Should developers focus more on the professional gamers than the casual gamer?
Posted on May 8th of 2014 by Max Kieturakis
Electronic sports has been seeing huge growth over the past decade in terms of viewership numbers and main stream recognition. The past 2-3 years especially have seen immense growth thanks to MOBA games such as DotA 2 and League of Legends, as well as the RTS game StarCraft II. Even the “once thought dead” FPS genre has come back to grace with Counter-Strike: Global Offensive getting 100,000 + viewers at its premier events. Nowadays, when I walk into a bar and the topic of esports comes up, I am guaranteed to meet someone who has watched one of these games online.
So what am I getting at? It is my belief that the professional scene is still not getting all the respect it deserves from the developers. Sure, Valve has put together The International with an enormous prize pool and great production value. This is without a doubt fantastic and something we could have never dreamed about 5 years ago. Riot has pioneered the LCS which has seen the highest viewership numbers in esports further legitimizing esports has a career choice. Blizzard has even jumped onto the band wagon starting the WCS which has become the premier league for all StarCraft II players ending at Blizzcon. The problem is, throwing money at prize pools won’t be enough in the long run because first and foremost, the game has to be competitive. Developers need to focus their games around the professionals that play it, not the casual gamer.
World of Tanks, Battlefield 4, Call of Duty and Smite are all games that have seen considerable developer funding for tournaments but are flailing in terms of tournament viewership numbers. The games are quite sloppy and clearly just not made to be an esport. They are casual games with the developer pushing it into a space where it doesn’t belong. There is something about human nature that pushes us to always strive to be the best at what we do. When someone is better than us, naturally we watch them to learn from them. This translates to esports in the way that the highest viewership numbers are from the tournaments which have the best teams competing. Even casual gamers watch professional gamers play, it’s something that has incredible value. For some reason however, developers are having a lot of issues realizing that professional gaming is becoming less of a niche and more mainstream. Here are some examples:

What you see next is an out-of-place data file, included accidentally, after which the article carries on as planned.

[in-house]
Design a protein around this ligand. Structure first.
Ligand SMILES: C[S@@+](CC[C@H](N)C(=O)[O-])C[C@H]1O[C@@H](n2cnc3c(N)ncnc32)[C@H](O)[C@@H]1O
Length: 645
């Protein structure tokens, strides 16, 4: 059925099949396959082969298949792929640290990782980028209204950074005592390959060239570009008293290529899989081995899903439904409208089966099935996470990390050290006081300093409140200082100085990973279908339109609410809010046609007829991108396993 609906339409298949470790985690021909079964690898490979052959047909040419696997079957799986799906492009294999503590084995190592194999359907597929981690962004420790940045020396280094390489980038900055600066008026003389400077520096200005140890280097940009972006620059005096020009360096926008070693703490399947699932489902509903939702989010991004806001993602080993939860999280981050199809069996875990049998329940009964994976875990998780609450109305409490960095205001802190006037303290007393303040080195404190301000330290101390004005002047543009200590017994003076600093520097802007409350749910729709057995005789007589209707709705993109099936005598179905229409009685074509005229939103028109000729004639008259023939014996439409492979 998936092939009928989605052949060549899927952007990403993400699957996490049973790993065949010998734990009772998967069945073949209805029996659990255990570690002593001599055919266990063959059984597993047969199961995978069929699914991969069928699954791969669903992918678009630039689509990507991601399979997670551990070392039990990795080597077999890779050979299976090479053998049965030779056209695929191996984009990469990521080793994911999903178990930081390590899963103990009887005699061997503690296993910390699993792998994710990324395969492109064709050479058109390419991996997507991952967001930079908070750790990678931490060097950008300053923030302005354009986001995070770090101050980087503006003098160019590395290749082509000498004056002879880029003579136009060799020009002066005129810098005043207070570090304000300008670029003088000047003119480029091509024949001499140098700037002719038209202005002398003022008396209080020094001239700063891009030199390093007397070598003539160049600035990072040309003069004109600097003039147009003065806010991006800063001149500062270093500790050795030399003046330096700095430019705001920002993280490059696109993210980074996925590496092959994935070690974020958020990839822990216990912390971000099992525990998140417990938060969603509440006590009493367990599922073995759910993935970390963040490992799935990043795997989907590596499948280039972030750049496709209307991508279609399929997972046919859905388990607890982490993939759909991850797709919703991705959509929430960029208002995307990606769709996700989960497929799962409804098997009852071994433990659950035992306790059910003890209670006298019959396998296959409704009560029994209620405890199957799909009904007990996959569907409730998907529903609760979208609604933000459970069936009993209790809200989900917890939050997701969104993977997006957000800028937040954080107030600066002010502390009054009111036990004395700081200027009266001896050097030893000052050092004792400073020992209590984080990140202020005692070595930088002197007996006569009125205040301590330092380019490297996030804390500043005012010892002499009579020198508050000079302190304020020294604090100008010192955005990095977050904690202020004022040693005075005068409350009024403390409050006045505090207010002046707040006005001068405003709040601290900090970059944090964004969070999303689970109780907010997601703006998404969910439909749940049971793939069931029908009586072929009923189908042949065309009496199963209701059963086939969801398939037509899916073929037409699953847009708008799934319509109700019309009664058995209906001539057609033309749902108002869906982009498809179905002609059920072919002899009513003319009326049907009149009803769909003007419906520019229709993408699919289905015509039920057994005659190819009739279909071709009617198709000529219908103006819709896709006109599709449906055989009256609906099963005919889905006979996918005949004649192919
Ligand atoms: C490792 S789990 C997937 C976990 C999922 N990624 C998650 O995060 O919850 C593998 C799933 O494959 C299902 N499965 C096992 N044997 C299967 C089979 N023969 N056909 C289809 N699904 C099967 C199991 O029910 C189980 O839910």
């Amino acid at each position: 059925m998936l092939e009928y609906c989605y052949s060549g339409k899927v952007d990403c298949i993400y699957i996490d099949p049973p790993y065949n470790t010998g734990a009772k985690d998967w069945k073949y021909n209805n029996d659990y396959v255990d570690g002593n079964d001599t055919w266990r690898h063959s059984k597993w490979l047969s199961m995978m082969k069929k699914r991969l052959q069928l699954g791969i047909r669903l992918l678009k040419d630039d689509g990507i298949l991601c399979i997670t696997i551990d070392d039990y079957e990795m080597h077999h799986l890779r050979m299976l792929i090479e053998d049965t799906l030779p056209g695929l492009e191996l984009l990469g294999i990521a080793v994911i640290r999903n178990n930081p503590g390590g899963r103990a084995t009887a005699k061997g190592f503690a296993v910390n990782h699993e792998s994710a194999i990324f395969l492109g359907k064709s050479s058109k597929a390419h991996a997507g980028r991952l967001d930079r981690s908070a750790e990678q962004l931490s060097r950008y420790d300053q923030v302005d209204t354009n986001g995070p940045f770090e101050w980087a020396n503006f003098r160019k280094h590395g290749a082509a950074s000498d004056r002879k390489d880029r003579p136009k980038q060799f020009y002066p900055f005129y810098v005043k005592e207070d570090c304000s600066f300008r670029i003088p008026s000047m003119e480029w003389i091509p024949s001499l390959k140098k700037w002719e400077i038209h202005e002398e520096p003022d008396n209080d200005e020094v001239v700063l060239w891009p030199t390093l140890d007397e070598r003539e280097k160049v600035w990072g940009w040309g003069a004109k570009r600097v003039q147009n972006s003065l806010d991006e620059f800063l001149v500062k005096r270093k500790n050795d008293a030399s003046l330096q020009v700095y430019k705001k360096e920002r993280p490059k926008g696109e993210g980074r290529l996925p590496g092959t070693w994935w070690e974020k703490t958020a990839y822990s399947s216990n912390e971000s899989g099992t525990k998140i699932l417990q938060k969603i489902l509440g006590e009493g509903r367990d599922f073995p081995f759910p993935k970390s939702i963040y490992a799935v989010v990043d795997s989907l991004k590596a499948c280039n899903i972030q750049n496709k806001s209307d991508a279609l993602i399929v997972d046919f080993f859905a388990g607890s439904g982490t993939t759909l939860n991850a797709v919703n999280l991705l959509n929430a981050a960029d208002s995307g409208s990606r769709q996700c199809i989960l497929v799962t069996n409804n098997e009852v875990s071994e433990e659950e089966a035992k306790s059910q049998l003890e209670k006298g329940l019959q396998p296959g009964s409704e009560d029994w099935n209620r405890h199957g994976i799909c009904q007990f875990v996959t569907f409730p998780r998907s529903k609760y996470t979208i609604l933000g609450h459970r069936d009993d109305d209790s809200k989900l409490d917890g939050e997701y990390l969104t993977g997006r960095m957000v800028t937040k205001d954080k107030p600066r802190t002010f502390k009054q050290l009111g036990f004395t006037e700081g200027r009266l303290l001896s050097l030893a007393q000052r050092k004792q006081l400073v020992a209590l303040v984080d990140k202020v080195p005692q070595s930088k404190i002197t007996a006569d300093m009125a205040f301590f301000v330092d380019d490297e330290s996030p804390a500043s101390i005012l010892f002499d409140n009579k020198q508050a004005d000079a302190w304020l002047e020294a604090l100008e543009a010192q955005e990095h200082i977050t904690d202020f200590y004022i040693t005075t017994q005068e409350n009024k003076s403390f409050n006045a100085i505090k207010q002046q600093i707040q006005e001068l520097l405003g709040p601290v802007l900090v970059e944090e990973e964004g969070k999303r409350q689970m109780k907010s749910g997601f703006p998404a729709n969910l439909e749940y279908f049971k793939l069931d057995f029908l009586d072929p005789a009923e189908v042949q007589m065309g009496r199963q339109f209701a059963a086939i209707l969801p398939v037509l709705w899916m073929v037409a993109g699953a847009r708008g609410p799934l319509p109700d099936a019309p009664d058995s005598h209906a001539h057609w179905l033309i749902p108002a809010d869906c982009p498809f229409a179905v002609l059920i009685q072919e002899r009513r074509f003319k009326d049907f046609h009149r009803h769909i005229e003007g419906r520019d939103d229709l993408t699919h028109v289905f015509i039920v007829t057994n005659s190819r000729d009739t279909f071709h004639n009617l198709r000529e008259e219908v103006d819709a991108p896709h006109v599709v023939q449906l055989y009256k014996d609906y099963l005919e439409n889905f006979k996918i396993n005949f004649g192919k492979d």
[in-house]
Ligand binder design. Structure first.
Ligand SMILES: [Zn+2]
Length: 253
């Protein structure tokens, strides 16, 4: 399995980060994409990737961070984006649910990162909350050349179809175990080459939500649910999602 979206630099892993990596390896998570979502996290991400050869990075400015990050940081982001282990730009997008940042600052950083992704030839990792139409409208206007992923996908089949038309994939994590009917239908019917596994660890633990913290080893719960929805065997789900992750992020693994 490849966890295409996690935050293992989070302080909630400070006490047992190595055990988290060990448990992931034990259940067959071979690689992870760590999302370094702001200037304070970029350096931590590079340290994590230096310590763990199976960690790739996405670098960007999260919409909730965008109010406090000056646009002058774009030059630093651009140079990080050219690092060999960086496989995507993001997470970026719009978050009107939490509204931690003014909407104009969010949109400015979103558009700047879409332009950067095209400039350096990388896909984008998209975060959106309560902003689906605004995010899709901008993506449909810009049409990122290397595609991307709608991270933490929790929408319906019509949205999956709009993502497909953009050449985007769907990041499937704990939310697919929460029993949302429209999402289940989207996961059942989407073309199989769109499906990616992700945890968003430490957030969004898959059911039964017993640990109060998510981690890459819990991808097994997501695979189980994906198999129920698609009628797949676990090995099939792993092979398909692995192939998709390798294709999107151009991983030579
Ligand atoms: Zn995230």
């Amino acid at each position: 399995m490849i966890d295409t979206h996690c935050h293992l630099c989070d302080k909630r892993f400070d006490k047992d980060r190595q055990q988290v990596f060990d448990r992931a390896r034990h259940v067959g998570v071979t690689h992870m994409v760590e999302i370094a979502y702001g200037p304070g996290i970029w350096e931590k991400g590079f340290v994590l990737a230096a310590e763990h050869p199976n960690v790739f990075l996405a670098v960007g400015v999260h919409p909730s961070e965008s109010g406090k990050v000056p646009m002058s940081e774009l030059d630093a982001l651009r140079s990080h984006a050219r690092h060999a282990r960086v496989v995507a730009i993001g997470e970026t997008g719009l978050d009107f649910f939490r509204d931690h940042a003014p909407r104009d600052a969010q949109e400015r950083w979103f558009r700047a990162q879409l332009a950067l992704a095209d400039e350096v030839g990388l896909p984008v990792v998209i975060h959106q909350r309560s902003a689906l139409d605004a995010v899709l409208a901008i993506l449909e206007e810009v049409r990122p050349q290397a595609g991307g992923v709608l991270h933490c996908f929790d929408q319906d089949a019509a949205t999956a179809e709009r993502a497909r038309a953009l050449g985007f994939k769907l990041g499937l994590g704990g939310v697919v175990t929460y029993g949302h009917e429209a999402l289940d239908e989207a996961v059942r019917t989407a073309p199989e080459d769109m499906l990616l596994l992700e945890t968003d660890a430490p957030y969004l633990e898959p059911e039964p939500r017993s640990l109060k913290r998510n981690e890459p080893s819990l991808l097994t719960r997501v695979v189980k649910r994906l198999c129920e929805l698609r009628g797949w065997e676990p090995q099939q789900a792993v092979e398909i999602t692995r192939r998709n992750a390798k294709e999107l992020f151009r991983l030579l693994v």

The first developer I will rat on is Valve. Valve is extremely professional and has helped grow esports in more ways than I can count however they are not without fault. I don’t hate Valve and the point of me bringing this issue to light isn’t to call out the pitchforks, but more to shed light on an issue that is bothering me. The game in question is DotA 2. Valve’s communication with the professional DotA 2 scene is abysmal as proven by the recent The International 4 invites. I won’t go into specific examples as there is a great article written by Dennis Schumacher from joinDota.com here. To summarize however, Valve invited teams with rosters that didn’t even exist without even confirming that the team can play with this roster. Now we have a controversial situation created where Valve is taking back invites left and right, a situation that could have been avoided entirely. The dialogue between Valve and the top professional teams should be ongoing and always open. It boggles me when I try to wrap my head around this situation; how could Valve not even confirm rosters? It is obvious they are not talking to the professional gaming teams which is very worrying.
Now when it comes to Blizzard, my issues are with the game play in StarCraft II. There has been much negative feedback towards Swarm Host play. For those that aren’t familiar with the issue; the Swarm Host is a siege unit which has caused there to be a lot of stalemate situations causing players to defend their base as opposed to playing action packed games. In Zerg vs. Zerg play this means usually the player to take the initiative and attack just loses. Blizzard has a slew of arguments for why they will not do away with the Swarm Host one of them being that when they look down the ladder, they don’t see many games longer than 25 minutes. This again begs me to ask the question: why are we not focusing on the professionals? The lower level players are still watching these professional matches which are outright boring. Also, if we are not seeing Swarm Hosts anyway in lower level matches, what’s the point of them being there? The community feedback from professionals has been negative to put it nicely. Edit: Blizzard has announced changes to the Swarm Host after the creation of this article.
Now these are the issues that hit closest to home for me. There are many more that follow the same idea where developers do not focus their games around the professional gamers. It is obvious that there is a lack of communication between developers and the people that play their games best which is something that I hope will be fixed as soon as possible. If you have any other examples, please let me know!